January, 2012 - Trail Report Archive

Notes and changes since last report:

  • It was cloudy, 50° and calm at 1:30 PM on October 31, 2012.
  • There was a fair amount of damage from hurricane Sandy, mostly on the Cary Pines Trail.
  • Today was the last day of the season the grounds were open to the public. Grounds reopen April 1, 2013.

The Trails

  • It was cool and gray as I looked back while heading towards the Scotch Pine Alleé.
  • I knew picking up sticks from the storm would warm me up and I could see the first up ahead.
  • The bigger ones I would leave for the guys with equipment.
  • As I continued, I could see more ahead.
  • Close up, it was bigger than it had appeared.
  • It was actually picturesque from some angles.
  • The rest of the way to the Fern Glen was just sticks.
  • There I could hear the water under the bridge, but it wasn't that high really - we'd only had 1/2 inch of rain.
  • The wind, however, had removed all the leaves of last week's interesting Solomon's seal.
  • Continuing out on the Cary Pines Trail, I came upon the next large tree down.
  • So intent was I on clearing branches from the path that I was almost startled when I noticed another knot of fallen trees in front of me.
  • Then I came upon the biggest pile of the day.
  • Even the view from the other side doesn't convey the size; this was several double or triple trees that fell across each other... centered on the path.
  • This was just uphill from the Acid Rain kiosk - on one side of which lie a dead tree...
  • ... and on the other, a fallen hemlock.
  • There was nothing sizable along the Wappinger Creek Trail or through the Old Pasture until the Sedge Meadow Trail where lie the last piece of an elm that had been collapsing all summer.
  • An optimistic note to end this last walk of the season was in the front Old Hayfield: a single yarrow with fresh, untouched blossoms.
Gifford grounds
Storm damage on the Scotch Pine Allee
Storm damage on the Scotch Pine Allee
Storm damage on the Scotch Pine Allee
Storm damage on the Scotch Pine Allee
Storm damage on the Scotch Pine Allee
Bridge at the Fern Glen
Solomon's seal leafless
Storm damage on Cary Pines Trail
Storm damage on Cary Pines Trail
Storm damage on Cary Pines Trail
Storm damage on Cary Pines Trail
Storm damage on Cary Pines Trail
Storm damage on Wappinger Creek Trail
Storm damage on Wappinger Creek Trail
Storm damage on Sedge Meadow Trail


  • 1 Mourning Dove
  • 3 Downy Woodpecker
  • 2 Blue Jay
  • 3 American Crow
  • 13 Black-capped Chickadee
  • 5 Red-breasted Nuthatch
  • 5 White-breasted Nuthatch
  • 1 Brown Creeper
  • 4 Golden-crowned Kinglet
  • 1 Eastern Bluebird
  • 5 Fox Sparrow
  • 3 Dark-eyed Junco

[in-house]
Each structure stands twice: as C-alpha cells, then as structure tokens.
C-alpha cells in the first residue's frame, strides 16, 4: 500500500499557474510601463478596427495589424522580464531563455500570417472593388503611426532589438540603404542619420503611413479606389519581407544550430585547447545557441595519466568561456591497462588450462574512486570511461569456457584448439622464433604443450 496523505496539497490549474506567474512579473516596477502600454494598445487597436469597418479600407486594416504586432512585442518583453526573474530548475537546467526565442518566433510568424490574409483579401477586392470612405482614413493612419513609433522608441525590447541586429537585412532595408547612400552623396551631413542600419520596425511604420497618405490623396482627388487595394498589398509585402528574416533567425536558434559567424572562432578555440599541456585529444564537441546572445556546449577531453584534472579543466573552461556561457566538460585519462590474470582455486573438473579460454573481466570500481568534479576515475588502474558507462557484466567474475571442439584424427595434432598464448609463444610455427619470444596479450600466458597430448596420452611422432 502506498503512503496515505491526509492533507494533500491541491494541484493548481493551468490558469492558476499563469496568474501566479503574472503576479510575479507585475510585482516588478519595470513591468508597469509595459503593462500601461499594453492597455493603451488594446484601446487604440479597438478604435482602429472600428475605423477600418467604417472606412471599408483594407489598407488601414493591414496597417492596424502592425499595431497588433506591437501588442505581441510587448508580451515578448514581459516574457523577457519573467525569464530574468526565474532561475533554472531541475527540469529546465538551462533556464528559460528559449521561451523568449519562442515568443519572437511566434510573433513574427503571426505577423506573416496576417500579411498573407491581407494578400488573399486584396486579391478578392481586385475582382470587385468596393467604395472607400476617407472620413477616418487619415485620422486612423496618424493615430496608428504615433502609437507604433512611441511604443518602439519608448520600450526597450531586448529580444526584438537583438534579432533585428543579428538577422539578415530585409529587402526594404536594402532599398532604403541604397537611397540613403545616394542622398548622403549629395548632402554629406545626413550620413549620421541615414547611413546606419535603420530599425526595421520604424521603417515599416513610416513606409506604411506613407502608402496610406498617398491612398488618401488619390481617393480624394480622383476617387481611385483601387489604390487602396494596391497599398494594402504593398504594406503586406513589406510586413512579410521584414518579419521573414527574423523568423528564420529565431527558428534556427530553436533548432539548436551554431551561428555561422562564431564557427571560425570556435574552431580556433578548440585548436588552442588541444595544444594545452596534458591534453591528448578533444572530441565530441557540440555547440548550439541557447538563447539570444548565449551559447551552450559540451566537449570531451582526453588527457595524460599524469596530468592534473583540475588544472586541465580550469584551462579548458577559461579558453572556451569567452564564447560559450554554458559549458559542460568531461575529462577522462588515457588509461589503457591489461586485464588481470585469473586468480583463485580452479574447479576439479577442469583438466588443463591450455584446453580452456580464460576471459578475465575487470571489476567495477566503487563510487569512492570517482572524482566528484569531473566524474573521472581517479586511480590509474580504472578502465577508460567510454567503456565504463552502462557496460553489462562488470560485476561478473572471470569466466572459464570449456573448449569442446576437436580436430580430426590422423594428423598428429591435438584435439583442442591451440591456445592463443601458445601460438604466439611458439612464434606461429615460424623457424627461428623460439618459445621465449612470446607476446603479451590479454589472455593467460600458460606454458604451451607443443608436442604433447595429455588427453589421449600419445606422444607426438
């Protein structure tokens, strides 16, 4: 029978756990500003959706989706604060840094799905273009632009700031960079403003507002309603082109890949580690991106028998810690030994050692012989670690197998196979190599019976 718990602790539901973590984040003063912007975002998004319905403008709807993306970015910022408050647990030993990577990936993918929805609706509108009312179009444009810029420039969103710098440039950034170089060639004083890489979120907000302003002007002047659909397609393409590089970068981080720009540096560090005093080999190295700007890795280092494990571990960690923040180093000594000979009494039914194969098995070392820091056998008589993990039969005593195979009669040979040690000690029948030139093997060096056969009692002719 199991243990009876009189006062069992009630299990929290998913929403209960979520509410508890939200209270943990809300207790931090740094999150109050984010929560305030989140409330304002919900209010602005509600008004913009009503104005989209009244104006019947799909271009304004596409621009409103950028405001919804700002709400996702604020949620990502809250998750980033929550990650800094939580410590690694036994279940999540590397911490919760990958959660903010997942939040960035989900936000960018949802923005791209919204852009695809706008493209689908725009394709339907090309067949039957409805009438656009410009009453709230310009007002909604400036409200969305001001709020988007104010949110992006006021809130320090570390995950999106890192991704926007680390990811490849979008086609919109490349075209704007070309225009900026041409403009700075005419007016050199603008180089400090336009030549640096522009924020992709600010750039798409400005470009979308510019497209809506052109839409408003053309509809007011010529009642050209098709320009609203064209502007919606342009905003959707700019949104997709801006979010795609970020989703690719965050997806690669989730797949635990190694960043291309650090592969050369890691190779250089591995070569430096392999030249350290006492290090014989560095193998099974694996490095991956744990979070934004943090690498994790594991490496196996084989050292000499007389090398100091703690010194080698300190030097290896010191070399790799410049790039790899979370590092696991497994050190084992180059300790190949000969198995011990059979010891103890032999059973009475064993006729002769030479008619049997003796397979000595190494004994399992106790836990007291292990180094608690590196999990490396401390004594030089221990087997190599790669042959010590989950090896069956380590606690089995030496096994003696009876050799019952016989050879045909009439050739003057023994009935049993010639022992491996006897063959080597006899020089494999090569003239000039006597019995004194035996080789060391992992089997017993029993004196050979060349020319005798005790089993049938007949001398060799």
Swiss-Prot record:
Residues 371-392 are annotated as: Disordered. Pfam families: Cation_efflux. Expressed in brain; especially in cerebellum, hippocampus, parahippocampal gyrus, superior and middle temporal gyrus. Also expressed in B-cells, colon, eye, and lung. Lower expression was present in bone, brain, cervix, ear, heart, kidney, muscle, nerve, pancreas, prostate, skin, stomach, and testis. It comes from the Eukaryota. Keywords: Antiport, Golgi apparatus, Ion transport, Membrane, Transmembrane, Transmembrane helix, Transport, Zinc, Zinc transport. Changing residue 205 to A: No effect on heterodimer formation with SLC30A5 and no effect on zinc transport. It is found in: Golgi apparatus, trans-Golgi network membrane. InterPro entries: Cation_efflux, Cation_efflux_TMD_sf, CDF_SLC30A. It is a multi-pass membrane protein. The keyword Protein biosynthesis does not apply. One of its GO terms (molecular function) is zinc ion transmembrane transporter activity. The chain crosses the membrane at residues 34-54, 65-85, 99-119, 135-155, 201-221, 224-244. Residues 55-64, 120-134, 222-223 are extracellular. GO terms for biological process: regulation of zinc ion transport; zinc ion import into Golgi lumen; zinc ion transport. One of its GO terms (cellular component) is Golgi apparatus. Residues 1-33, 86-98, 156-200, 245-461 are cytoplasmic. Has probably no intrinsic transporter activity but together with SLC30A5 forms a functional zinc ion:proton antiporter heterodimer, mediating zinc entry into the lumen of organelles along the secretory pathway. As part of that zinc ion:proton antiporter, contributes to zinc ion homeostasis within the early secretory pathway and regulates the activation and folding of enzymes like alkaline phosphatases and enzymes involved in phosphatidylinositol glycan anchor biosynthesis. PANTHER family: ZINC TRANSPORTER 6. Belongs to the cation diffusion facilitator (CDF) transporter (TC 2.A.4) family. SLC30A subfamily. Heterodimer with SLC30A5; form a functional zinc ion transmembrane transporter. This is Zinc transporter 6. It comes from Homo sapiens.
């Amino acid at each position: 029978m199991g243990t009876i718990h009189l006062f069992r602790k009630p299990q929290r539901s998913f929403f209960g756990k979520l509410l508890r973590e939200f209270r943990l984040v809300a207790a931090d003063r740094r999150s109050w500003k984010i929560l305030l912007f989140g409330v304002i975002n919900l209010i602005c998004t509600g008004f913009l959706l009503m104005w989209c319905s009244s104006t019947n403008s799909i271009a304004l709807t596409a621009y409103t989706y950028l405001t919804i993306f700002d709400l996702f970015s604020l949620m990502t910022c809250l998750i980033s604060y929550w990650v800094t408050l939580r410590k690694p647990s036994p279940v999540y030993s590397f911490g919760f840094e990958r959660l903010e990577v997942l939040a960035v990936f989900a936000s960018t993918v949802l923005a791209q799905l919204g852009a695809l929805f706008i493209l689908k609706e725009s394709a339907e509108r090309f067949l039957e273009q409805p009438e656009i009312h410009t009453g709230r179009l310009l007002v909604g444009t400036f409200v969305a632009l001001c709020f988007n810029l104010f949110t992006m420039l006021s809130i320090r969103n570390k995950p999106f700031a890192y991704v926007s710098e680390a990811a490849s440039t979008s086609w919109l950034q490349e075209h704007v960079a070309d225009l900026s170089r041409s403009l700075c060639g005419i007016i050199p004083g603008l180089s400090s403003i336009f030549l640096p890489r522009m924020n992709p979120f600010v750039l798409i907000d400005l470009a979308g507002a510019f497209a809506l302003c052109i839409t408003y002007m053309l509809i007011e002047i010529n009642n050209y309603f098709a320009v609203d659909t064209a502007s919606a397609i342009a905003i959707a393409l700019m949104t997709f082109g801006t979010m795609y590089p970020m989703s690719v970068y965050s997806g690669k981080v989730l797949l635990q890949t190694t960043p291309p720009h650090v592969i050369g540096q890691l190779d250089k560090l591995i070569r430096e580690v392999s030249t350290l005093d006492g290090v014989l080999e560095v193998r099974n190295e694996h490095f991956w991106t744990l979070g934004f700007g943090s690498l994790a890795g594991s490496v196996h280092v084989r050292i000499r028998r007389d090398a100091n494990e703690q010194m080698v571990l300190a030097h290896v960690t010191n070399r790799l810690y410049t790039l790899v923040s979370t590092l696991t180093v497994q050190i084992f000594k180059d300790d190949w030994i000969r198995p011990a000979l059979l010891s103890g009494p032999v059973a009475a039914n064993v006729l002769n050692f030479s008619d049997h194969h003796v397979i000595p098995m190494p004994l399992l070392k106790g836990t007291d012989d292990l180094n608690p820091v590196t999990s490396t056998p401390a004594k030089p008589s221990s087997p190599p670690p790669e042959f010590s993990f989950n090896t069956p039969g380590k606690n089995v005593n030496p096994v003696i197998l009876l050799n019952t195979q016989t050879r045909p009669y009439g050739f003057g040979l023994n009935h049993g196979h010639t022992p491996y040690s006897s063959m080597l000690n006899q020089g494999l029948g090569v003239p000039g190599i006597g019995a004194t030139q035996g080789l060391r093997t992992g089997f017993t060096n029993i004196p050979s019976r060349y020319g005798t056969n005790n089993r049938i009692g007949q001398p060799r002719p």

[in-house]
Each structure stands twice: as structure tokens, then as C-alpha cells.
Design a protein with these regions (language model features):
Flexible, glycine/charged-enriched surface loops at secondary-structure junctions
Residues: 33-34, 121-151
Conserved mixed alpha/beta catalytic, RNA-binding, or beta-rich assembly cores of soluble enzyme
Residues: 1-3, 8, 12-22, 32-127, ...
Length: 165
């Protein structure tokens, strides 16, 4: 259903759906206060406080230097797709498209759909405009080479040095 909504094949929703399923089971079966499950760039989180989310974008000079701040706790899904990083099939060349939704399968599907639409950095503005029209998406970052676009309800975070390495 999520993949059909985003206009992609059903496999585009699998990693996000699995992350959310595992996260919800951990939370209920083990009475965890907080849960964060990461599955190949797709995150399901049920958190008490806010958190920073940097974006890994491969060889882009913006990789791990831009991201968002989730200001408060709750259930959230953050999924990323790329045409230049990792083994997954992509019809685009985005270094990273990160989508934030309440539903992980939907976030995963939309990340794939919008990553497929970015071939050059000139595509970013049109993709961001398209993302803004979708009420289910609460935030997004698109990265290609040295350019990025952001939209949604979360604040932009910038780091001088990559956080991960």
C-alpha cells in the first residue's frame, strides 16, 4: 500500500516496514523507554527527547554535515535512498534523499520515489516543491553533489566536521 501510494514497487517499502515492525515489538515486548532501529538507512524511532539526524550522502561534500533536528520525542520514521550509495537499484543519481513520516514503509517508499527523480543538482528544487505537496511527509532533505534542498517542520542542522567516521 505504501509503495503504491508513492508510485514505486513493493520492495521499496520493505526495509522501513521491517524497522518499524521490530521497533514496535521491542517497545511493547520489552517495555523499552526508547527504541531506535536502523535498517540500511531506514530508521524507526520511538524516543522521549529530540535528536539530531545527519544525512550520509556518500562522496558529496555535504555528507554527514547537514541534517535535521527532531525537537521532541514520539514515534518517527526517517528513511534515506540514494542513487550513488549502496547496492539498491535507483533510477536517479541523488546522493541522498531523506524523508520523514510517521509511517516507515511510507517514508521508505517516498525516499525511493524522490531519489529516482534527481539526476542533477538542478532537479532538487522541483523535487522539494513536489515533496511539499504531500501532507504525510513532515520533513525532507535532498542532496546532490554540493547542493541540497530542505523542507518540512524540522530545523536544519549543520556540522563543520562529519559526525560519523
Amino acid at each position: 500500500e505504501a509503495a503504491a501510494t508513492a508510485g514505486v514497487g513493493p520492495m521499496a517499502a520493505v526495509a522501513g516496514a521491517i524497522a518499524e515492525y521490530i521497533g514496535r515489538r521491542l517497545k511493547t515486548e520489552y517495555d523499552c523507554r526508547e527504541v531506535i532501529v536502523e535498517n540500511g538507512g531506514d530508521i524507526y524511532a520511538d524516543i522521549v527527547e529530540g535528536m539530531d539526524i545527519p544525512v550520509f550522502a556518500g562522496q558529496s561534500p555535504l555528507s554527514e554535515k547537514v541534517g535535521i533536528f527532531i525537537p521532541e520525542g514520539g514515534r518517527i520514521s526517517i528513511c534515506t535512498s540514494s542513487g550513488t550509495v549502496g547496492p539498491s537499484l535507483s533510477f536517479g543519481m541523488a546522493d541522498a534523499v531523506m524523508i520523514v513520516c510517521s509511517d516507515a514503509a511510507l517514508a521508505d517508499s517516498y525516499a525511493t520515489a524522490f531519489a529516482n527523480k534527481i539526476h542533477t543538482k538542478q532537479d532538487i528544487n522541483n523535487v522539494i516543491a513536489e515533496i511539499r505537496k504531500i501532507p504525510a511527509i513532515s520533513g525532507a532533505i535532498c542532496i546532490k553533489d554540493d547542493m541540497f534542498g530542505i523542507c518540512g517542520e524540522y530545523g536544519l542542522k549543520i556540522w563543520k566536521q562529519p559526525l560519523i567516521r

• It was overcast, 55° and calm at 2:00 PM on October 24, 2012.
  • Peepers continued to peep this week. Katydids I didn't hear until night fall.
  • Bull frogs were still active in the Fern Glen pond.
  • The colors of Japanese barberry and burning bush dominated the landscape.

  • Fans of old barns should like the Old Pump House with Japanese barberry, a bush honeysuckle and burning bush - both of Asian origin - in front of it.
  • The calls of a couple crows drew my attention overhead; a loose cloud of about 75 passed westward.
  • In the back Old Hayfiled was barberry in a more usual red.
  • But scattered through the woods, were all shades between orange and red.
  • The view from the bluff above the Wappinger Creek was worth stopping for.
  • Down in the flood plain was the best witch hazel blooms I'd seen this year.
  • Close and relax your eyes; when you open them try to focus on the main branch for a 3D view.
  • Burning bush was striking along the creek.
  • A favorite spot of the Ecology Camp kids provided access to the Creek and a bench for the weary.
  • I found myself looking back up through the same barberry that I'd looked down at earlier from the edge of the back Old Hayfield.
  • The path up to the Carriage House was thick with burning bush of a paler pink.
  • But it was the Cary Pines Trail that I followed, where a pair of oak seedlings caught my eye.
  • One had intricate patterns highlighting its veins.
  • The other's leaves were drab until the bright red petioles.
  • More bright red was poking out of the pine needles on the forest floor: partridge berry.
  • In the Fern Glen, hobblebush leaves were subtile in their beauty.
  • The view of the pond was interesting from across the limestone cobble.
  • Great Solomon's seal provided an exotic texture.
  • Finally, a maple-leaved viburnum with berries!
  • A surprise was all the bullfrogs out around the pond.
  • Except for the family of red-breasted nuthatch, the path was quiet all the way through the old Gravel Pit until opening to the Little Bluestem Meadow... under a bough of burning bush.
Old Pump House
Japanese Barberry
Japanese Barberry
View from the bluff over Wappinger Creek
Witch hazel and burning bush
Witch hazel in 3D
Favorite Ecology Camper destination on Wappinger Creek
Burning bush
Japanese barberry
Burning bush
Young oak
Young oak
Young oak
Fern Glen pond
Great Solomon's seal
Maple-leaved viburnum
Bull frogs
Little Bluestem Meadow


  • 1 Red-tailed Hawk
  • 1 Downy Woodpecker
  • 75 American Crow
  • 12 Black-capped Chickadee
  • 7 Red-breasted Nuthatch
  • 7 Golden-crowned Kinglet
  • 2 American Robin
  • 4 White-throated Sparrow


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